So what is Palin’s appeal, and how does it work? My guess: it reflects a new kind of populism, in three respects. First, the old populism supported anti-trust, anti-rich rhetoric and government-effected wealth redistribution (Theodore and Franklin Roosevelt). Her populism is capitalistic, even corporatist. Palin fans traditional slogans about lower taxes, less regulation, and smaller government, into inflamed loathing of government (“death panels”) and rabid support for environment-damaging corporations (“drill, baby, drill”).
Second, the old populism used traditional anti-elitism and anti-intellectualism, with its lexicon of sneers at “Boston Brahmins,” “limousine liberals,” “eggheads,” and “pointy-headed” or “ivory-tower” academics. Her populism is original in discounting, or dispensing with, facts, logic, and truth. Palin knows that “you betcha,” a wink, and an aura of ill-usage work—and work better than policy papers or program details—because her followers can grasp them intuitively.
Third, the old populism attacked economic inequality but asserted personal equality—you’re-as-good-as-they-are stuff. Populism for the past 40 years has played the victim-making identity issues of race, gender, and culture. Her new populism moves in a new direction. Palin makes no use of the old populism to address economic fears and makes modest use of identity issues in code words, notably her repeated phrase about “real Americans.
Rather, she aggravates her followers’ feelings of inferiority and inequality to those who have what they have not. She shares their feelings and knows them to care more that she runs against those whom they begrudge than runs for any issues in particular. She knows that the little required of them to feel an affinity with her and appreciate her as a celebrity is all which her campaign requires of them for her to succeed. So she will continue to ignore and outwit conventional politicians who think that her ignorance or incompetence matters to them and will diminish her appeal. They like her because she seems (and is) like them
Dealing with Palin and Palin Dealing with Decline
Republicans are particularly worried about Palin and her possible candidacy. The Democrats probably want her be Obama’s opposition. (If so, they should think again by recalling the Harry Reid liked the idea of running against Sharron Angle until he had to, and nearly lost. Harry won because he is skilled fighter; Obama may not because he is not.) I have my fair share of concerns about Palin and then some, so I am happy to offer advice to Republicans with their fair, but different, share of concerns.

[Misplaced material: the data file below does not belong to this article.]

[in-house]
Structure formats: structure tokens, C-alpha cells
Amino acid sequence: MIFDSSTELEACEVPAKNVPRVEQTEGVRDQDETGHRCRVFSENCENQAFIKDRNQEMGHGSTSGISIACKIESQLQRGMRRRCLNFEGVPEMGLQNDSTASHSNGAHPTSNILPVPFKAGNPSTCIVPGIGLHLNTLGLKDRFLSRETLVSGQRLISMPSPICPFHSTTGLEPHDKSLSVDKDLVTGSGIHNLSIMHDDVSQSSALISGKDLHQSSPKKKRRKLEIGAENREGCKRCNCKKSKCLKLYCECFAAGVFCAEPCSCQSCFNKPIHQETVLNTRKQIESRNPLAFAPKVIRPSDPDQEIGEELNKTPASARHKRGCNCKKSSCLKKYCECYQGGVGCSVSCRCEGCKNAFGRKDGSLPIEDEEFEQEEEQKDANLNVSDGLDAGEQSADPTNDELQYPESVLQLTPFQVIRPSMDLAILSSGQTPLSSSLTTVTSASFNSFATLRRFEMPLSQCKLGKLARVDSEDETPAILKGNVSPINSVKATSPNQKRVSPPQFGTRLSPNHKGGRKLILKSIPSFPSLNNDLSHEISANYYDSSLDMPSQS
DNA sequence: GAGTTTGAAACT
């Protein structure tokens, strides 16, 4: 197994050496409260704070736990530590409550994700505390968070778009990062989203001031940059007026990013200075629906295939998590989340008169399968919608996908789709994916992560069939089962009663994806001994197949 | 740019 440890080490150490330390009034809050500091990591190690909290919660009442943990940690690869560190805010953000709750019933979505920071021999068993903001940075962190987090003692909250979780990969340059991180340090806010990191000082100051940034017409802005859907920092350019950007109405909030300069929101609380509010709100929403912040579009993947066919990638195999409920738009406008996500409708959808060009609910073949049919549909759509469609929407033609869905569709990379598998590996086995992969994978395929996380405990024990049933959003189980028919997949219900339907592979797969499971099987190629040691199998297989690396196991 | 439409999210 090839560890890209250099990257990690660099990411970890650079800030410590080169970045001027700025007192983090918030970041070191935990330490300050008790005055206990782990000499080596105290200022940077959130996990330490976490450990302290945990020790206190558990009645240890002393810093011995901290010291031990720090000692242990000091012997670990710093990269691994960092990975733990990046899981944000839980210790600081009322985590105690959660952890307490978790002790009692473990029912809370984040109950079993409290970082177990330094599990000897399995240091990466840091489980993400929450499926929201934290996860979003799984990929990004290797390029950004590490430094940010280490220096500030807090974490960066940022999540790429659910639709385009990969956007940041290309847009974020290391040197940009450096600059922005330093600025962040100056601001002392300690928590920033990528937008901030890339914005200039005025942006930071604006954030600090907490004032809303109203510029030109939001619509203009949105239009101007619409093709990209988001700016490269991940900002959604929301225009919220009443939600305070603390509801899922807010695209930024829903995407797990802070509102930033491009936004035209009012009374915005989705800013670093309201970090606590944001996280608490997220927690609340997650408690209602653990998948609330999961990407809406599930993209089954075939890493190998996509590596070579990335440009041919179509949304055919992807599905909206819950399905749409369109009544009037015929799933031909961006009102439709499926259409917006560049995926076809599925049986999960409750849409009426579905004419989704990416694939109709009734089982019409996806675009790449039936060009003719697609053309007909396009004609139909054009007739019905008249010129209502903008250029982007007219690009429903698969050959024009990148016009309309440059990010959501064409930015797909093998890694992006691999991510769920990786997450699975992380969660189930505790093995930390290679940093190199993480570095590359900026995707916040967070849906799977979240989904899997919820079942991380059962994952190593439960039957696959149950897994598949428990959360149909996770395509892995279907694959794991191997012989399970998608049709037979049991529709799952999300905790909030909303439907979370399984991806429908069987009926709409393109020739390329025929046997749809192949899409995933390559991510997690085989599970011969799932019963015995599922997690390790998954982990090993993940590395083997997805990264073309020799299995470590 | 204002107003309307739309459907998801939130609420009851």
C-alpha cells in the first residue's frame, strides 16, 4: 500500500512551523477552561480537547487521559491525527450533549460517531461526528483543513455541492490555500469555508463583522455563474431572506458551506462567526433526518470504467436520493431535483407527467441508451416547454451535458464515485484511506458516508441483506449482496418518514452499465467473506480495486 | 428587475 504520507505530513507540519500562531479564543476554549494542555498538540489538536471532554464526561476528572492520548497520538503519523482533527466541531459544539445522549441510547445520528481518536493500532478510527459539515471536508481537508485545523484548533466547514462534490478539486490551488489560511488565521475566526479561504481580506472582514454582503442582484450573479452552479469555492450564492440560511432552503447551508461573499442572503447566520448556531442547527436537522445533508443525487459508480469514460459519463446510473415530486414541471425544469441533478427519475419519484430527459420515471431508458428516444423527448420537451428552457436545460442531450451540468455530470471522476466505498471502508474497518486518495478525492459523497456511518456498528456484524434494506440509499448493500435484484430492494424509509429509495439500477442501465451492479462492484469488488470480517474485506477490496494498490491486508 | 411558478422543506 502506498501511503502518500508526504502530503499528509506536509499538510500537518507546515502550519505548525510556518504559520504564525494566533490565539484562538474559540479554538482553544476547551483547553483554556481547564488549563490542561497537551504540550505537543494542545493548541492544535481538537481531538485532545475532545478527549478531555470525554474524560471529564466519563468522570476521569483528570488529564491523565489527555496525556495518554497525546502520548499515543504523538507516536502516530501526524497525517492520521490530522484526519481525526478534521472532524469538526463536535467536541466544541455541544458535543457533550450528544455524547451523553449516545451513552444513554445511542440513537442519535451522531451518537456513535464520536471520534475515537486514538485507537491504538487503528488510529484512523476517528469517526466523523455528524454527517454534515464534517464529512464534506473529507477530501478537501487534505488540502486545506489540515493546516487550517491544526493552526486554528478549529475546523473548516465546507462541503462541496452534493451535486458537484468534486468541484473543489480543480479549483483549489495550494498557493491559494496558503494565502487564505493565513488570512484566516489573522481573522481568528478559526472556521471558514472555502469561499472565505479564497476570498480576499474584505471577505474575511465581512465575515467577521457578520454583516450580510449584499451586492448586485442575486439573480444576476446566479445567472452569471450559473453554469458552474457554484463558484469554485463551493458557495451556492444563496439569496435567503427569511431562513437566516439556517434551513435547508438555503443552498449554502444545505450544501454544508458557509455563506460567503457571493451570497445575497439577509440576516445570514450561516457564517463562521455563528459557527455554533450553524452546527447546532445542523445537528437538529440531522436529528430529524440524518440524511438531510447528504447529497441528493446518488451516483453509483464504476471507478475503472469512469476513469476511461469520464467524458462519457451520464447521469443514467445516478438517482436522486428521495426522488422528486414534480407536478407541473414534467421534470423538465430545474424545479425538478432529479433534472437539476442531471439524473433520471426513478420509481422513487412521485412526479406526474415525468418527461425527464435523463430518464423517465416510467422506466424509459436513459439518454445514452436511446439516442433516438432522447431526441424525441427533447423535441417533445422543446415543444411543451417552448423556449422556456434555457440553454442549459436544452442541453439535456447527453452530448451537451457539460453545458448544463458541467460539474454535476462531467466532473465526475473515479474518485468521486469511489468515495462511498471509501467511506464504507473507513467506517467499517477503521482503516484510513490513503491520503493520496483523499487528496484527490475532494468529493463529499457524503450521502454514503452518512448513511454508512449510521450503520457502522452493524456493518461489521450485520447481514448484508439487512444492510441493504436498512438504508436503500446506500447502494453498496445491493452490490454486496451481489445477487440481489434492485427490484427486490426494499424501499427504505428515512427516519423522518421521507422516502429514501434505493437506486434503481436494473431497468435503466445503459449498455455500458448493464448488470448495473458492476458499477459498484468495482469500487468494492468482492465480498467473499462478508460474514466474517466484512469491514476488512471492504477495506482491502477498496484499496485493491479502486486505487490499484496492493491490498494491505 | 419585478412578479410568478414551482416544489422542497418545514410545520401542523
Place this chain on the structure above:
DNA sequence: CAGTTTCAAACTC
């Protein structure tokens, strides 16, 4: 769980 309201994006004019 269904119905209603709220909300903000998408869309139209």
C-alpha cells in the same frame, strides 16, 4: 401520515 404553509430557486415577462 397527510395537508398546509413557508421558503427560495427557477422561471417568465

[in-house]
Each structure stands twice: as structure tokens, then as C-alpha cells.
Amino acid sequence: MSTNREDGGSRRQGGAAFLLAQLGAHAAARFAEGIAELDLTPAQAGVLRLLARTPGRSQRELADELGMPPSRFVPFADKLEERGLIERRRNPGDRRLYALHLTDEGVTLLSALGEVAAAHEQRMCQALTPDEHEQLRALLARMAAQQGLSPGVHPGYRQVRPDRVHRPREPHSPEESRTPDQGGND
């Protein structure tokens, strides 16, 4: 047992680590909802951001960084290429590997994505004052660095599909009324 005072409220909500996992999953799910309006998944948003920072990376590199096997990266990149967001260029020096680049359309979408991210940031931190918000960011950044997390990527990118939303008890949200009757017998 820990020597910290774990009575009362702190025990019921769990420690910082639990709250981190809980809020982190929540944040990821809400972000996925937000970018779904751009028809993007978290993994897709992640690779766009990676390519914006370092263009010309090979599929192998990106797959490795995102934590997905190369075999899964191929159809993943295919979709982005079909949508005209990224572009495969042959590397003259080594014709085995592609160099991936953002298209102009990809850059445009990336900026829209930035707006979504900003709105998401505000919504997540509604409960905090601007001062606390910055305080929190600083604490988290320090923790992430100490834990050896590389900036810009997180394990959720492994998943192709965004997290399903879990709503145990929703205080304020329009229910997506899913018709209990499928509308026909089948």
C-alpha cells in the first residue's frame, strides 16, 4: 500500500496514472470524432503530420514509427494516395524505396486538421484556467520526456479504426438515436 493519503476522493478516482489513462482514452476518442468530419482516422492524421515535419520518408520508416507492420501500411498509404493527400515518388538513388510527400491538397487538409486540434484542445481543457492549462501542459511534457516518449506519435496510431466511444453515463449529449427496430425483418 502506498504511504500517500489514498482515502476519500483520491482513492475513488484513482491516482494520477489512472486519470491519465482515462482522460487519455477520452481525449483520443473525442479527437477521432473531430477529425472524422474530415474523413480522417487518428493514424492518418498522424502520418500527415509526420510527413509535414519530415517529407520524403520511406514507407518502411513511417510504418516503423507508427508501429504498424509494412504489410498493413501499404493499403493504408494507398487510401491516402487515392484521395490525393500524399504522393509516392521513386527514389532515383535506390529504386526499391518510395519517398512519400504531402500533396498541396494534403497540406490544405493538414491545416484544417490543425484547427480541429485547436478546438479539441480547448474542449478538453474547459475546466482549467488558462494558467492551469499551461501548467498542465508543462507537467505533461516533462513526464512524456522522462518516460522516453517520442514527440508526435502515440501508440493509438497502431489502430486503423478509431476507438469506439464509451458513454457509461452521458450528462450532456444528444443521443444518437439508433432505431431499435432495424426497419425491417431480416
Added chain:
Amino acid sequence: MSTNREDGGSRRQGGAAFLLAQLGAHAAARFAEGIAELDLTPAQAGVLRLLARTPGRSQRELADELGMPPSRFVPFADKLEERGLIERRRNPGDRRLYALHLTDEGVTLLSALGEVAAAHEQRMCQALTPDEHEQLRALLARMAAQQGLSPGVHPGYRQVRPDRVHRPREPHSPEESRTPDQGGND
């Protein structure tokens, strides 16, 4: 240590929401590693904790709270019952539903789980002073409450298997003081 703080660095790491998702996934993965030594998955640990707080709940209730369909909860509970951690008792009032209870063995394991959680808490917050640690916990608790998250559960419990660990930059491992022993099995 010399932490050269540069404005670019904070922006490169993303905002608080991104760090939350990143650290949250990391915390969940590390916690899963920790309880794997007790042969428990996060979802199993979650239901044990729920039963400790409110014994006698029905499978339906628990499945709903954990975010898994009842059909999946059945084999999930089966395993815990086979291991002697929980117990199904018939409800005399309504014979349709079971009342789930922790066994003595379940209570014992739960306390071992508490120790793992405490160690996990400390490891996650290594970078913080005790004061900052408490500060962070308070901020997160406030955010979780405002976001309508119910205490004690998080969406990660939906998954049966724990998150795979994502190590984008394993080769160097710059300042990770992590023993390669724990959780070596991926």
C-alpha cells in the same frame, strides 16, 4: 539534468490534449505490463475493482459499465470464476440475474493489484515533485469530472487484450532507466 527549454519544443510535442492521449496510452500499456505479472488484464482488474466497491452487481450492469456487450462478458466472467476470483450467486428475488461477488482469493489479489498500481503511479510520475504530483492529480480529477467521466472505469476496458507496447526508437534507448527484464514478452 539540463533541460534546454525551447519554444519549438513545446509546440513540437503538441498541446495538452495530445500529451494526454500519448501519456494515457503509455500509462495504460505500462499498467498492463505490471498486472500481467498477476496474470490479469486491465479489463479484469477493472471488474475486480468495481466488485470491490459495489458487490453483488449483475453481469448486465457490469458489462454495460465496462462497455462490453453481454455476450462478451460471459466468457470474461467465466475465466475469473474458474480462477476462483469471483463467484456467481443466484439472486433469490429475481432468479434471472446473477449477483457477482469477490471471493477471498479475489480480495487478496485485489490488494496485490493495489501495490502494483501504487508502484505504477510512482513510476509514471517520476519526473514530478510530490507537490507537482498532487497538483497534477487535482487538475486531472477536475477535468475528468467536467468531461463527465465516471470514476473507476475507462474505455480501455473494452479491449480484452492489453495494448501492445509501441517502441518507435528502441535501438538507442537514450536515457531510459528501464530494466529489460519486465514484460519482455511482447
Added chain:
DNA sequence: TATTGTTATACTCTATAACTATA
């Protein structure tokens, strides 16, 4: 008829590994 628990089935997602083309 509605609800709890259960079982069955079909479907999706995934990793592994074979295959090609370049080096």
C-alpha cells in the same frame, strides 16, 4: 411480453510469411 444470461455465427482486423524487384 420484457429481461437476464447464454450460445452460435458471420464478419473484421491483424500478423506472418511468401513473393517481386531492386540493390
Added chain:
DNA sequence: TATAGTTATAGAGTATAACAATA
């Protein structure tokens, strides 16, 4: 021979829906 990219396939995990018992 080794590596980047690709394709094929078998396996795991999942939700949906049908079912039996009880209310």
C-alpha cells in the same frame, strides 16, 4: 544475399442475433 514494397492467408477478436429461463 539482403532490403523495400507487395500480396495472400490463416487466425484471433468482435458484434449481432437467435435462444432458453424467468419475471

My advice begins and ends with a strategy mindful of her personality and her propensities: avoid triggering her sense of grievance or her resentments. In any engagement, be respectful, attentive, undemonstrative, unresponsive. Discuss your views; disregard her views. Neither agree nor disagree with her; if necessary, rebut by indirection. Avoid criticism, even its appearance; ask no questions, seek no specifics, dispute no views. If you fail, she will tailor her response to any confrontation, direct or indirect, to elicit the sympathy of her followers and possibly others.
Palin has rallied the chronically disgruntled or resentful members of society, culled and gulled them, and led them to the polls. However, such attitudes and emotions lose potency over time, and I think that they already are losing it. She is discovering, and has more to discover, that, no sooner has she helped Tea and Republican candidates, than those elected are turning, and will continue to turn, on or away from her. When Tea Party representatives fail to fulfill campaign rhetoric and, instead, turn into run-of-the-mill politicians seeking re-election, they may tarnish her reputation and diminish her power. Whether she can retain her celebrity status with its political appeal remains to be seen. Her likely future: increasingly frantic, inane or degrading, futile efforts to restore the glory.
Slighted and scorned, she will turn on those who turn on her and may run for president in spite. If she does run, she is popular enough with her followers to win some primaries, but probably not popular enough with Republicans or Independents to win a nomination or with most Americans to win election. This majority, reasonable and responsible more often than not, elects presidents to work their hardest and do their best for four years, not quit for fun and profit after two.